From an urban legends reference page, in diorect response to the above
It's rather difficult to verify whether some anonymous person in
Georgia truly encountered a malfunctioning gas pump (and whether his
report of same was accurate), but the Georgia Department of
Agriculture told us that the pumps at the station referenced in the
e-mail had been checked by that agency's Fuel and Measures Section in
November 2007 and were re-checked (in response to this e-mail) in May
2008 and in both cases were found to be operating according to
Our Fuel and Measures Section has looked into these claims against the
station in Cartersville. The station in question was inspected on
November 29, 2007 and all the pumps were found to be accurate. The
station was inspected again on May 5, 2008 and again all pumps were
found to be accurate.
This does happen, I had it happen at a local station. 10 gal tank on truck
will hold 12 gal when completely dry. Tank was 3/4 empty when I went in to
fill up, I should have needed between 6 to 8 gal depending on how the gauge
was feeling that day and how closely I had read it. Gas pump read 12 gal
when I had finished. I complained to clerk and they took my name and info.
They also shut down the pump. Two days latter I stopped in again and was
given a refund for the difference in what I should have gotten and a free
soft drink. They were also giving out refunds to anyone with a receipt from
that pump. Explanation was that the pump had been given its regular checkup
and and had been set wrong by the Dept of Ag's guy. It's not always the
stations fault and most honest ones will do the right thing if given the
On Thu, 25 Sep 2008 10:40:58 -0500, "sweet sawdust"
It "can" happen. The original poster was trying to insinuate that Gas
staions do tis on purpose and are all out to defraud you. It's rare,
and when pumps malfunction, it's just as likely to be in your favor,
as it is to work against you.
I think statistically, a car's gas gauge and it's primitive sending
unit is probabaly far less reliable than gas station pumps, which at
least get inspected and calibrated occasionally.
When was the last time you checked the accuracy of your gas gauge?
Dioes it even read out in any meaningful increments? Can you determine
the difference between 5.5 gallons in it and 6 gallons? That would
only require accuracy to within a half a gallon, for cry-eye. My 2008
car has used half a tank when it reads 3/4 full. That's completely
I'd be far more concerned about the guy at the deli counter with his
thumb on the scale when he weighs your cold cuts.
I agree on the accuracy of gas gauges. My 25 year old model can be off by as
much as 10 gal for a 10 gal tank and at best is only a guess. I do keep a
rough log of mileage though and so have a idea of about what I need to fill
the tank. In the case I mentioned the pump was off by about 25%, a major
screwup. It just goes to show that very few people pay attention to what is
going on around them since I was the first to mention it and it had been
calibrated the day before. Yes if it had been reading the other way and I
caught it I would have brought it to their notice, but would have been much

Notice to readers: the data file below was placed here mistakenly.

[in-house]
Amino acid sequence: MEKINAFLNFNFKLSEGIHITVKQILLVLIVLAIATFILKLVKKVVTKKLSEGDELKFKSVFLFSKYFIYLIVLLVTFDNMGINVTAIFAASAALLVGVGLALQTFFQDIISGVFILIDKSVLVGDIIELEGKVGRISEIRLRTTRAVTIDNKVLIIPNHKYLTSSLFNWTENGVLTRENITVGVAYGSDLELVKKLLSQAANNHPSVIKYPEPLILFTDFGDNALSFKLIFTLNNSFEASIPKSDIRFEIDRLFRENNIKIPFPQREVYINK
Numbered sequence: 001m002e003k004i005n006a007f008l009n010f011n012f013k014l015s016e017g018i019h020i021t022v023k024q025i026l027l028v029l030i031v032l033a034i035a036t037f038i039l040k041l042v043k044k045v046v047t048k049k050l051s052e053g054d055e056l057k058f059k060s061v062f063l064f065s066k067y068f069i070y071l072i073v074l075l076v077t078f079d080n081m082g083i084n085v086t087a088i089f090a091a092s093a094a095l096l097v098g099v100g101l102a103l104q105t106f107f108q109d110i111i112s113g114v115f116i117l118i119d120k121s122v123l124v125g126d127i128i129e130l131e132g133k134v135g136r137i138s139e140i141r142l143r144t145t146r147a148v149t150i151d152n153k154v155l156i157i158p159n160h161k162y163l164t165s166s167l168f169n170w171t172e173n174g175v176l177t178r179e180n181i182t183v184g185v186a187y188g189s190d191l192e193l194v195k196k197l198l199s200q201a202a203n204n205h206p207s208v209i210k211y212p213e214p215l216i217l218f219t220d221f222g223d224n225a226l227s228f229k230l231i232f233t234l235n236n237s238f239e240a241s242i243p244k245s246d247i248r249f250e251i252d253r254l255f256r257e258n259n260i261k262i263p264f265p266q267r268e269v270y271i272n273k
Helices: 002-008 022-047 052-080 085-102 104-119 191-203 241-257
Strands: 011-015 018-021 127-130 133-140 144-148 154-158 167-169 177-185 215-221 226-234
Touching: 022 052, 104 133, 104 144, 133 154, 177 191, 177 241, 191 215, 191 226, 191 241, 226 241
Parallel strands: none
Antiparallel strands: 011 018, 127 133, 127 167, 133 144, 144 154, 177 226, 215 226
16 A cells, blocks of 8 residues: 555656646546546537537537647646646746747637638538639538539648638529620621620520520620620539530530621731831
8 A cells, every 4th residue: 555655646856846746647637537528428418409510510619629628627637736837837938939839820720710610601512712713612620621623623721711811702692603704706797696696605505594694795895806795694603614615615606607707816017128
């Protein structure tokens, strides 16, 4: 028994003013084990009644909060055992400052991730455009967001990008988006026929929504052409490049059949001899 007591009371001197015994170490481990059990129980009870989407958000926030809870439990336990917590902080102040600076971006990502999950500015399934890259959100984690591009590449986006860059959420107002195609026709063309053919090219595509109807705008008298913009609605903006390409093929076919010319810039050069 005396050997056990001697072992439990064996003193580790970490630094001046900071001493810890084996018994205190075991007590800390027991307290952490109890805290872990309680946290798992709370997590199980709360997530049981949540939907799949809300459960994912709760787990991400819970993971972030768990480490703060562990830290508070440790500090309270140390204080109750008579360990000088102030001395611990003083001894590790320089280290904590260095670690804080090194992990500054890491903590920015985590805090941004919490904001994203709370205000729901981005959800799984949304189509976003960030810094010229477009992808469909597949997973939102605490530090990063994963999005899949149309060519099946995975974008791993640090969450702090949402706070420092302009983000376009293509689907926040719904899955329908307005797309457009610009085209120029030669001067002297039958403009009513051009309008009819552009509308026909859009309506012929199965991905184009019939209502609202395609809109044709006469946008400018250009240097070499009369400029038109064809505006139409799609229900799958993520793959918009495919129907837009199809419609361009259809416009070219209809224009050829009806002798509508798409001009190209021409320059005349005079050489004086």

less likely to notice it thinking it was a faulty gauge or bad bookkeeping
on my part. Around here a charge of "gouging" will quickly bring in the
state boys with an accountant to check your books, never a happy event.
What I fail to understand is how gas bought from the same distributor and
hauled on the same trucks can vary by as much as 30 cents in a 5 mile
stretch of road. I seems that the stations that sell the most ( by an
interstate or so forth) charge the most. There is even one boat dock a
short distance from me that has gas on the lake for less then the regular
stations, even 5 cents less then the pumps on the road at the same dock, and
close to 75 cents to a dollar less the marina about 4 miles away. I do not
understand how gas is priced at all.
Moreover he claimed a news report said a quarter of all the stations in the
country are intentionally setting their pumps to cheat the customer--of
course no link or documentation was offered in support. This whole thing
reads like a classic urban myth chain e-mail. I'm amazed at how many people
buy into these things, it's like falling for a Nigerian 419 scam, how can
anyone be that dumb not to spot the warnings signs?
H have personally never experienced this nor know anyone who has.
However, here is my two cents ...
Recently the Cincinnati area endured days without power as a result of
Ike. Over 1.2 million lost power. On the very first day the power
started going out, gas prices rose as high as .40 cents a gallon in my
area. That's from $3.59 to $3.99 within hours. Odd considering gas
prices in areas with power did not rise.
Personally I feel warm and fuzzy knowing my business neighbors
extended all they could to help us in a time of crisis by charging
more money to fuel our emergency vehicles and generators.
If I had known, I would have stayed on the east coast where gas was
$3.30/gal and had power for the week to enjoy a hot shower.
After years of suffering power outages, often weekly, Cincinnati is
NOW investigating underground electric options. As a favorite comedian
of mine once said, ".. things that make you go, hmmm..".
Train your mind to test every thought, ideology,
train of reasoning, and claim to truth.
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